Tobias Dietrich reviews W.J.T. Mitchell’s Mental Traveler (University of Chicago Press, 2020). “Amateurs and lovers are those who look on beauty and liken themselves to it, thus say they ‘like it’: but professionals,
James Rakoczi reviews Matthew Wolf-Meyer’s Unraveling: Remaking Personhood in a Neurodiverse Age (Minneapolis & London: University of Minnesota Press, 2020). Unraveling is about facilitated communication, regimes of personhood, and just how far our nervous systems
What hope is there for healing when the medical establishment views not your symptoms, but you yourself as the problem? Christy Zink reviews Sick: A Memoir (2018), Porochista Khakpour’s uncompromising account of her struggle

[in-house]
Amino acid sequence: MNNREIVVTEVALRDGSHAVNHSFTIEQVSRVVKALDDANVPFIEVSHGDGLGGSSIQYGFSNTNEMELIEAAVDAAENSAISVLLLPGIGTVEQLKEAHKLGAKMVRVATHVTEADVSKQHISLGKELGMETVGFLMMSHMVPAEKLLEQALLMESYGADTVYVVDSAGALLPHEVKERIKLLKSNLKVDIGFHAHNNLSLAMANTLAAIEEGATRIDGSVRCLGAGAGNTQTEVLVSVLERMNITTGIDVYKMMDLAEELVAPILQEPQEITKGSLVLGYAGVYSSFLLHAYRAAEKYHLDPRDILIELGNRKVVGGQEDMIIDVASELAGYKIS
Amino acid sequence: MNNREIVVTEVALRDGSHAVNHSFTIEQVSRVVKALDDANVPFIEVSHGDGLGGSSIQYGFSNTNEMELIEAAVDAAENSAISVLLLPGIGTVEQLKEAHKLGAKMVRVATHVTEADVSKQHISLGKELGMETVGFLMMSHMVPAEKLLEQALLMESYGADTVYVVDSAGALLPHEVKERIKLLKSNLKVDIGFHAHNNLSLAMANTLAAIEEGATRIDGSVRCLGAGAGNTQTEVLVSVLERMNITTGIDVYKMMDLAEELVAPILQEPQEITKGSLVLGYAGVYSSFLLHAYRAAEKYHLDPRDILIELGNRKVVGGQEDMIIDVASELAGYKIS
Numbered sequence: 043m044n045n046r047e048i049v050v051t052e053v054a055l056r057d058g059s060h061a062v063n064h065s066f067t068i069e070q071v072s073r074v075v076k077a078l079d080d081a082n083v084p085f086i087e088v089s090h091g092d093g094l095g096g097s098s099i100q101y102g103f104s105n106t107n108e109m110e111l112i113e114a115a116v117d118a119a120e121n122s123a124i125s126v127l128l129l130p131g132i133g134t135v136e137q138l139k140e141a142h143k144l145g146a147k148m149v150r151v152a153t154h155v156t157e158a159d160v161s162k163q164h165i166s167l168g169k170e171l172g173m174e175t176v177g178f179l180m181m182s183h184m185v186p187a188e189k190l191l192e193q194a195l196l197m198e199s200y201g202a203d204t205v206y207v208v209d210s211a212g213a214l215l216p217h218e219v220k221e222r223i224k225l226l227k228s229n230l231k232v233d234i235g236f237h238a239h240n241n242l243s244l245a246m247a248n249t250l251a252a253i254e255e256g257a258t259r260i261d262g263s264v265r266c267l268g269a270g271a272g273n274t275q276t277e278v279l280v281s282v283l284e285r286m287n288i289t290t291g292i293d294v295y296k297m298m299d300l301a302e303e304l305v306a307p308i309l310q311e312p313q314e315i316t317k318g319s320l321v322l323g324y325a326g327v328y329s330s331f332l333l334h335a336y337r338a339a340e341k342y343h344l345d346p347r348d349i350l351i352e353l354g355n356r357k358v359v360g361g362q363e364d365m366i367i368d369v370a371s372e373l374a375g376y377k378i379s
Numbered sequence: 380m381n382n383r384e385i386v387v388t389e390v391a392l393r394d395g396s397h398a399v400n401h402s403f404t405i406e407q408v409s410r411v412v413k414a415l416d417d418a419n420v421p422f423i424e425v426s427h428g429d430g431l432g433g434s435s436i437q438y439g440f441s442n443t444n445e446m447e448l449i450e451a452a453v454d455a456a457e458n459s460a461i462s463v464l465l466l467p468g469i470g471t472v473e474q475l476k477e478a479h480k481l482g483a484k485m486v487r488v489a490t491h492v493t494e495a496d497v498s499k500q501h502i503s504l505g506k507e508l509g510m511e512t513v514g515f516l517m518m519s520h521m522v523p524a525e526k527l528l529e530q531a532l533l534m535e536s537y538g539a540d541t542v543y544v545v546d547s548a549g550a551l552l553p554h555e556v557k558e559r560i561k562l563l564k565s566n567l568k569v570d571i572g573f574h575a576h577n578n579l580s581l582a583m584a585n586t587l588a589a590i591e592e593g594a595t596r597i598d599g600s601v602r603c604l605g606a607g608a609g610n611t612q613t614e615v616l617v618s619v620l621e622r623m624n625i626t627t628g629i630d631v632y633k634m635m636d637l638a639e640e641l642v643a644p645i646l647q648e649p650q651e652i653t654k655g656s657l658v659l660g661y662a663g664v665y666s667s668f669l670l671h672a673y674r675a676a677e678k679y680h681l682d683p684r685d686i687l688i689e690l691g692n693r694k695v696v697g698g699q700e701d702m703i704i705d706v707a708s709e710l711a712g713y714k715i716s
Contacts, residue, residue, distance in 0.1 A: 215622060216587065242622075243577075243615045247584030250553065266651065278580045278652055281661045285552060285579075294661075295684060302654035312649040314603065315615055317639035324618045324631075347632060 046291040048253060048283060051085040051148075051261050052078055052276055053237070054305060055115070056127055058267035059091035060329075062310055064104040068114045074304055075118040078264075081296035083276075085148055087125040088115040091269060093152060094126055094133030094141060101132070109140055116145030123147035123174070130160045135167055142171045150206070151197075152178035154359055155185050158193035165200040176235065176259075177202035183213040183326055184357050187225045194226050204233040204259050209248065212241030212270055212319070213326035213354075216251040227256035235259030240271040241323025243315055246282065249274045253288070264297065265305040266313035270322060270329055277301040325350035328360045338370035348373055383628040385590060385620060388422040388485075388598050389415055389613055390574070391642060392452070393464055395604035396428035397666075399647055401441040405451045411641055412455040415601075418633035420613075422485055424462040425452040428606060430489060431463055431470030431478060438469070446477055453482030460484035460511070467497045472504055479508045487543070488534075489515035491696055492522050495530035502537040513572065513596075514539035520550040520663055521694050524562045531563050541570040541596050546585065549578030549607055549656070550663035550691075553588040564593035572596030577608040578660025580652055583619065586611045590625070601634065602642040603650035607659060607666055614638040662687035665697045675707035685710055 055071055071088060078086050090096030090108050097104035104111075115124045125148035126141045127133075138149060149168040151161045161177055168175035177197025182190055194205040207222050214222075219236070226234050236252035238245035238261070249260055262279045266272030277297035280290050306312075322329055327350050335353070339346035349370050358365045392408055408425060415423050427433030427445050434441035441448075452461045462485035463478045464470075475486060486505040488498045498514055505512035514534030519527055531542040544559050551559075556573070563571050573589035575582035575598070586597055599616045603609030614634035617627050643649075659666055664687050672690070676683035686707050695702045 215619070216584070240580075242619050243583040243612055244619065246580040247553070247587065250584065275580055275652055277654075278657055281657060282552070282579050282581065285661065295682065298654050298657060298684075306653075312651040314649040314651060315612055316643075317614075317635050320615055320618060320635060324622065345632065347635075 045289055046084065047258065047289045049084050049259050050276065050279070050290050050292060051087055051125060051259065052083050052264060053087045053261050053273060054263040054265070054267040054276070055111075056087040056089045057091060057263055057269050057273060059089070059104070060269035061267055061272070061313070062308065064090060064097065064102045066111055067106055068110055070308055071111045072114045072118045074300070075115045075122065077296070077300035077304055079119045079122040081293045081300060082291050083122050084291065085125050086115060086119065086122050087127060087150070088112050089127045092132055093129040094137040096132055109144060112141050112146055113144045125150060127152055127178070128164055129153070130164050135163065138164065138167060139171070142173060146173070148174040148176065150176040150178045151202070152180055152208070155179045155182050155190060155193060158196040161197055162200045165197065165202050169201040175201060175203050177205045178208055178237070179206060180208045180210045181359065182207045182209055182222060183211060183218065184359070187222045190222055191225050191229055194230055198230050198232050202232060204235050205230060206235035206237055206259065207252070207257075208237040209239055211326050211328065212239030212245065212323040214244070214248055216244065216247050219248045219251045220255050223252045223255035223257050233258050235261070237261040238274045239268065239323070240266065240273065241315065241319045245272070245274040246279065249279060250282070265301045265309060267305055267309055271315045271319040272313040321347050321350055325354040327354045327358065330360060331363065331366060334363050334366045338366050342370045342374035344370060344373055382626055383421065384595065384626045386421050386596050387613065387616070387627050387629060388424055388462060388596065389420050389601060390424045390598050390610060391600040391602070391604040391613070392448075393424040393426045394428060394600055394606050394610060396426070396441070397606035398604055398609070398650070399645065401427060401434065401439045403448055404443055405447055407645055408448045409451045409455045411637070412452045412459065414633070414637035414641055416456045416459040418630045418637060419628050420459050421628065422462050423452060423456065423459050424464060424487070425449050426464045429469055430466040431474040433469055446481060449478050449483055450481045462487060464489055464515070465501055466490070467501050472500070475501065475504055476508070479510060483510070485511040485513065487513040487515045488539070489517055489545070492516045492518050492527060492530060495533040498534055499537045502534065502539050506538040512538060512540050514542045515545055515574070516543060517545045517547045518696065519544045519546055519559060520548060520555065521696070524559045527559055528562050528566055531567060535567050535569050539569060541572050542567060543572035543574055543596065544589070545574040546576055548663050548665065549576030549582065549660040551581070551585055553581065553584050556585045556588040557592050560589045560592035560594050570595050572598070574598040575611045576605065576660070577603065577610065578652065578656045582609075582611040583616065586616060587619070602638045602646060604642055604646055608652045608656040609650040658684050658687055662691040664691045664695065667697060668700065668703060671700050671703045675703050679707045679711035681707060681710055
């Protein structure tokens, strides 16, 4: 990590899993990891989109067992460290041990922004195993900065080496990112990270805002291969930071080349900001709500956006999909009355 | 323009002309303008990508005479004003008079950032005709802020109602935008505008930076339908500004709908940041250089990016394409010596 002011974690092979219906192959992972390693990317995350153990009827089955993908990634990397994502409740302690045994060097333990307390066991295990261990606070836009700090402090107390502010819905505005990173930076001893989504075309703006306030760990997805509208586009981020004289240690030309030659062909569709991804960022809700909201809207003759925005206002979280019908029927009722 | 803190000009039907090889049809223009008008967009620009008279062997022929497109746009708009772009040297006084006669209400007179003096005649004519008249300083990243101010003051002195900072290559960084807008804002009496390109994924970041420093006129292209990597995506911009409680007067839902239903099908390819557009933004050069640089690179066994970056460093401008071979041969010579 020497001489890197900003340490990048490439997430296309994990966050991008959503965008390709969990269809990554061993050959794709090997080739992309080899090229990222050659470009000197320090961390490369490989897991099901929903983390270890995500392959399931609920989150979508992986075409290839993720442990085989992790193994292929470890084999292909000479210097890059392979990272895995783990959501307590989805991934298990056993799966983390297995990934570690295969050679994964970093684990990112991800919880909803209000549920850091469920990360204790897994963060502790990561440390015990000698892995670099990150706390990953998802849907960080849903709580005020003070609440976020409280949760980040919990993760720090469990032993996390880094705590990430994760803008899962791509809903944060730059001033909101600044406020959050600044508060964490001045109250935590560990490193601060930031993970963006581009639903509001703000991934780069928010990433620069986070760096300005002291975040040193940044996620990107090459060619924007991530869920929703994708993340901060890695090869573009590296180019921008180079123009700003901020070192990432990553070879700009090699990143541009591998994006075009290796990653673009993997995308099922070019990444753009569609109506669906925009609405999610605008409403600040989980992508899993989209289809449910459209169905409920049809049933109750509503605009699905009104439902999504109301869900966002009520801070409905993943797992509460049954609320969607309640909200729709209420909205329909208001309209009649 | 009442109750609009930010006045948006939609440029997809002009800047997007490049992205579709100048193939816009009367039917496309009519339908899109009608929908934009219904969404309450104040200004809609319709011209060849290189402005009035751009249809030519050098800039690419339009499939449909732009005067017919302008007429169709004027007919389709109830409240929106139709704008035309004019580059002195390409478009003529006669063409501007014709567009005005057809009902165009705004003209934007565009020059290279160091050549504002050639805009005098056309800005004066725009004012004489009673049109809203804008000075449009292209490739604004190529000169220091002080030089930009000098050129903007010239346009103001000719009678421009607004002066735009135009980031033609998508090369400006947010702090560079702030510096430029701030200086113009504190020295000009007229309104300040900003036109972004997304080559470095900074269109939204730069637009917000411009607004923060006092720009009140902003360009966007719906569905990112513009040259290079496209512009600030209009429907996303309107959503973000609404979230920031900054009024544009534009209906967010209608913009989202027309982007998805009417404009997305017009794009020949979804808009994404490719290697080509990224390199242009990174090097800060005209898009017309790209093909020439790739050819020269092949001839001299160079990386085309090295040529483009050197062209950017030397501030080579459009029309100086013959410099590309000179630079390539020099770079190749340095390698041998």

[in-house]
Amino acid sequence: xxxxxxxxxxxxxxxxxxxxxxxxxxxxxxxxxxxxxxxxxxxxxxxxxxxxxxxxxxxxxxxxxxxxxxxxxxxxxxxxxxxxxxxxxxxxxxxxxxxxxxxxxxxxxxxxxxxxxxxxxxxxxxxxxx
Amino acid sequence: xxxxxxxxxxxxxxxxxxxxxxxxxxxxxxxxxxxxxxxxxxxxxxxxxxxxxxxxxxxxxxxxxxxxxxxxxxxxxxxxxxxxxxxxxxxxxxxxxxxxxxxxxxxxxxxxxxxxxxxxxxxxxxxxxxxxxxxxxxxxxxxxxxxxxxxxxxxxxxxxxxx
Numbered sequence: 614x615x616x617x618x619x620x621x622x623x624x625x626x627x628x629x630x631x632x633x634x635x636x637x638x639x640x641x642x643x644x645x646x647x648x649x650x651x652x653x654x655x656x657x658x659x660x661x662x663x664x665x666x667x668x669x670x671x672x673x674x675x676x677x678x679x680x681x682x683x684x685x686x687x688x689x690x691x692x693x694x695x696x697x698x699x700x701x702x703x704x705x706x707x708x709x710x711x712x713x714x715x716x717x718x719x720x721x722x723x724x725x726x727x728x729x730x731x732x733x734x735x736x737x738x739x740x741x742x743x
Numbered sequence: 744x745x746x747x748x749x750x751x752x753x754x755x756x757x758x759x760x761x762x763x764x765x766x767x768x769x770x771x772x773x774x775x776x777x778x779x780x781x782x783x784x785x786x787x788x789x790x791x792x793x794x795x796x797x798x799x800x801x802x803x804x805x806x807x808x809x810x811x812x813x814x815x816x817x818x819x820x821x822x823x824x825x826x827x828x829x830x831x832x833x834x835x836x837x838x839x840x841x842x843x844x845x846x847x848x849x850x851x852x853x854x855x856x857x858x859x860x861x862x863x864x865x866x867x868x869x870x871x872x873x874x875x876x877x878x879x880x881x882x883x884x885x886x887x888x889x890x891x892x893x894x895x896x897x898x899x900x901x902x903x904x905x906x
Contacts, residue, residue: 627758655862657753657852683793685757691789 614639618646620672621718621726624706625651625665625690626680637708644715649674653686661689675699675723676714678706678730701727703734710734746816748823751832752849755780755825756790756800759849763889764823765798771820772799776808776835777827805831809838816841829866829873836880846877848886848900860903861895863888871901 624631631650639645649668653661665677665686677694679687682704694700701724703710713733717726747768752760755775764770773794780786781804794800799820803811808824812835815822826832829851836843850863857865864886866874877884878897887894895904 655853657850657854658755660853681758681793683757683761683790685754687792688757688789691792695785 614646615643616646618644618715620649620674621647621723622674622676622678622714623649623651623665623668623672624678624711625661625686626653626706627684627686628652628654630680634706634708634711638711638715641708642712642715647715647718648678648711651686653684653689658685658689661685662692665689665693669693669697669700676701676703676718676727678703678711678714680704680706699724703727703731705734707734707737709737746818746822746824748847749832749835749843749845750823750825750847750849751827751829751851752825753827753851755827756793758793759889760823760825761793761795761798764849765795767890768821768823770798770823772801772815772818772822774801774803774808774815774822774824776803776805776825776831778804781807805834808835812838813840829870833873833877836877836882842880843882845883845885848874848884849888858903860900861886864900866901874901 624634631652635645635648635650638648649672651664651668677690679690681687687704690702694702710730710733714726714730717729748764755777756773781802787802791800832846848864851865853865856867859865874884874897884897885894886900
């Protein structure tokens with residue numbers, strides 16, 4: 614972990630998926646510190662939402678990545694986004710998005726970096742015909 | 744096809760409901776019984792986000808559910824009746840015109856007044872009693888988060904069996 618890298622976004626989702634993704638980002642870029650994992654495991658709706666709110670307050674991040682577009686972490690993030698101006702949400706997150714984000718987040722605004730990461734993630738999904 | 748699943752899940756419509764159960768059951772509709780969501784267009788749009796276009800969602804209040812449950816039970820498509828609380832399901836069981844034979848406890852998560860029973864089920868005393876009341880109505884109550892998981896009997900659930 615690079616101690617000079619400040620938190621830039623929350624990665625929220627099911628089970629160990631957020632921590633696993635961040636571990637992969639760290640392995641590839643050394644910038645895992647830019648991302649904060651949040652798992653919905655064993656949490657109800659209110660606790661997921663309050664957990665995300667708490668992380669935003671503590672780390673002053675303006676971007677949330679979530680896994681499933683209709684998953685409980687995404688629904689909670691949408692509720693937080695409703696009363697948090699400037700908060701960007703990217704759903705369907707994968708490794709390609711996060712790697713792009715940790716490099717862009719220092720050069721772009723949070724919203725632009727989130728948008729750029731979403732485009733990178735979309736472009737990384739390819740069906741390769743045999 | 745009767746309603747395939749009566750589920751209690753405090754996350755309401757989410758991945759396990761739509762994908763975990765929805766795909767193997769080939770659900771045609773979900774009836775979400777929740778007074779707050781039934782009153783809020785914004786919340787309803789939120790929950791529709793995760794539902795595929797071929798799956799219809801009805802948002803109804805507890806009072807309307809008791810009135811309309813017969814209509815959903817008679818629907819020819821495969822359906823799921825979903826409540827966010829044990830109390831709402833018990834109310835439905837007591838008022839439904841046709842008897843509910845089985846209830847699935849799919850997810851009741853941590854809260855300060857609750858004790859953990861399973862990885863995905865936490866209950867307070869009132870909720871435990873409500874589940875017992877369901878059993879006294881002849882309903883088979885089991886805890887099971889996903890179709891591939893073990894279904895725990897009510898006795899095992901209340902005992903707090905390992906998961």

Writer Gillean McDougall reflects on Gartnavel Royal Hospital, NHS archives and family history. The old Gartnavel Royal Asylum, a well-known landmark in the West of Glasgow, sits on a busy arterial road leading out
Maria Vaccarella writes about putting the “work” back into “workshop” in the medical humanities. During the summer, I coordinated two medical humanities workshops: “Texts as Symptoms” (part of my project Illness as Fiction: Textual
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